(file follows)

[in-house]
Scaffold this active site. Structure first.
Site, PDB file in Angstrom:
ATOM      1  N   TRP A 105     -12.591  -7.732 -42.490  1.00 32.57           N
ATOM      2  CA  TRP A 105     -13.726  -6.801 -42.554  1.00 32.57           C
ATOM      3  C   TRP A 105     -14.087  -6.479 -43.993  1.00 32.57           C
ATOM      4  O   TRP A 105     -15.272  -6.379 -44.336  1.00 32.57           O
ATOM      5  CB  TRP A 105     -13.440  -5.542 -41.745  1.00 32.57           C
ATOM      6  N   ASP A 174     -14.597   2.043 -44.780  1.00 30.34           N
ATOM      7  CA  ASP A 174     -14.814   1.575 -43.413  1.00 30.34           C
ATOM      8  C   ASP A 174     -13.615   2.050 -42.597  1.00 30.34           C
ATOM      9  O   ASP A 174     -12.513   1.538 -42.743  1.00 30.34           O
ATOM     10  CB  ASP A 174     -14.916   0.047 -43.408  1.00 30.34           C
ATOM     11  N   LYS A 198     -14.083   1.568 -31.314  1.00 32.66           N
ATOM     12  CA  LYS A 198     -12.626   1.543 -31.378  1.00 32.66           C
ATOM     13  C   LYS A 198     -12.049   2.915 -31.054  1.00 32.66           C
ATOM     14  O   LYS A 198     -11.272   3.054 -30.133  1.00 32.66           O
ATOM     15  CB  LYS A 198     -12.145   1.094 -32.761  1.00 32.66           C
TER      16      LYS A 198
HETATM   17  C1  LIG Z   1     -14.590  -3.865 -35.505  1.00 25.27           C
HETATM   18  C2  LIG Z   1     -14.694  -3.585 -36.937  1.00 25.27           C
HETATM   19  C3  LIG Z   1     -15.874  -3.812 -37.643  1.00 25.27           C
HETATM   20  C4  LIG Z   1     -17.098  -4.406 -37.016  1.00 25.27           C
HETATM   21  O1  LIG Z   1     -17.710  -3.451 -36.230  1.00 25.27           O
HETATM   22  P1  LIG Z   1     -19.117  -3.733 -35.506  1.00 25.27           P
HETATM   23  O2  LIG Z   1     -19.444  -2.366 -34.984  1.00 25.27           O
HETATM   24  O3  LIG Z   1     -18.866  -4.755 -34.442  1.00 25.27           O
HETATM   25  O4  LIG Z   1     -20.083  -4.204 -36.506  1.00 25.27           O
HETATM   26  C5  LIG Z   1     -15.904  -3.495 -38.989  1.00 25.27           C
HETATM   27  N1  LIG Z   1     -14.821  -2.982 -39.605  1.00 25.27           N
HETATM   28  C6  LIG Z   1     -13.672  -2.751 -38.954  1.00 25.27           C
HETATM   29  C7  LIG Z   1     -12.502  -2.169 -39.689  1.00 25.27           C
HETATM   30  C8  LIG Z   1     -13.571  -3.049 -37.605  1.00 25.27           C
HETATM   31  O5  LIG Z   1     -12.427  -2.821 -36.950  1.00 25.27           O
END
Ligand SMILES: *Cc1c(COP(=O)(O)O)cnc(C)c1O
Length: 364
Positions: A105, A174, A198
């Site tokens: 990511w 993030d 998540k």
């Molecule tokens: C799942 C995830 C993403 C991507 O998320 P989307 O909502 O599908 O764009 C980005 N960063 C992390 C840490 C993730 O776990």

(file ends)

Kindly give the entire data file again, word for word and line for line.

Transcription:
[in-house]
Scaffold this active site. Structure first.
Site, PDB file in Angstrom:
ATOM      1  N   TRP A 105     -12.591  -7.732 -42.490  1.00 32.57           N
ATOM      2  CA  TRP A 105     -13.726  -6.801 -42.554  1.00 32.57           C
ATOM      3  C   TRP A 105     -14.087  -6.479 -43.993  1.00 32.57           C
ATOM      4  O   TRP A 105     -15.272  -6.379 -44.336  1.00 32.57           O
ATOM      5  CB  TRP A 105     -13.440  -5.542 -41.745  1.00 32.57           C
ATOM      6  N   ASP A 174     -14.597   2.043 -44.780  1.00 30.34           N
ATOM      7  CA  ASP A 174     -14.814   1.575 -43.413  1.00 30.34           C
ATOM      8  C   ASP A 174     -13.615   2.050 -42.597  1.00 30.34           C
ATOM      9  O   ASP A 174     -12.513   1.538 -42.743  1.00 30.34           O
ATOM     10  CB  ASP A 174     -14.916   0.047 -43.408  1.00 30.34           C
ATOM     11  N   LYS A 198     -14.083   1.568 -31.314  1.00 32.66           N
ATOM     12  CA  LYS A 198     -12.626   1.543 -31.378  1.00 32.66           C
ATOM     13  C   LYS A 198     -12.049   2.915 -31.054  1.00 32.66           C
ATOM     14  O   LYS A 198     -11.272   3.054 -30.133  1.00 32.66           O
ATOM     15  CB  LYS A 198     -12.145   1.094 -32.761  1.00 32.66           C
TER      16      LYS A 198
HETATM   17  C1  LIG Z   1     -14.590  -3.865 -35.505  1.00 25.27           C
HETATM   18  C2  LIG Z   1     -14.694  -3.585 -36.937  1.00 25.27           C
HETATM   19  C3  LIG Z   1     -15.874  -3.812 -37.643  1.00 25.27           C
HETATM   20  C4  LIG Z   1     -17.098  -4.406 -37.016  1.00 25.27           C
HETATM   21  O1  LIG Z   1     -17.710  -3.451 -36.230  1.00 25.27           O
HETATM   22  P1  LIG Z   1     -19.117  -3.733 -35.506  1.00 25.27           P
HETATM   23  O2  LIG Z   1     -19.444  -2.366 -34.984  1.00 25.27           O
HETATM   24  O3  LIG Z   1     -18.866  -4.755 -34.442  1.00 25.27           O
HETATM   25  O4  LIG Z   1     -20.083  -4.204 -36.506  1.00 25.27           O
HETATM   26  C5  LIG Z   1     -15.904  -3.495 -38.989  1.00 25.27           C
HETATM   27  N1  LIG Z   1     -14.821  -2.982 -39.605  1.00 25.27           N
HETATM   28  C6  LIG Z   1     -13.672  -2.751 -38.954  1.00 25.27           C
HETATM   29  C7  LIG Z   1     -12.502  -2.169 -39.689  1.00 25.27           C
HETATM   30  C8  LIG Z   1     -13.571  -3.049 -37.605  1.00 25.27           C
HETATM   31  O5  LIG Z   1     -12.427  -2.821 -36.950  1.00 25.27           O
END
Ligand SMILES: *Cc1c(COP(=O)(O)O)cnc(C)c1O
Length: 364
Positions: A105, A174, A198
């Site tokens: 990511w 993030d 998540k």
């Molecule tokens: C799942 C995830 C993403 C991507 O998320 P989307 O909502 O599908 O764009 C980005 N960063 C992390 C840490 C993730 O776990």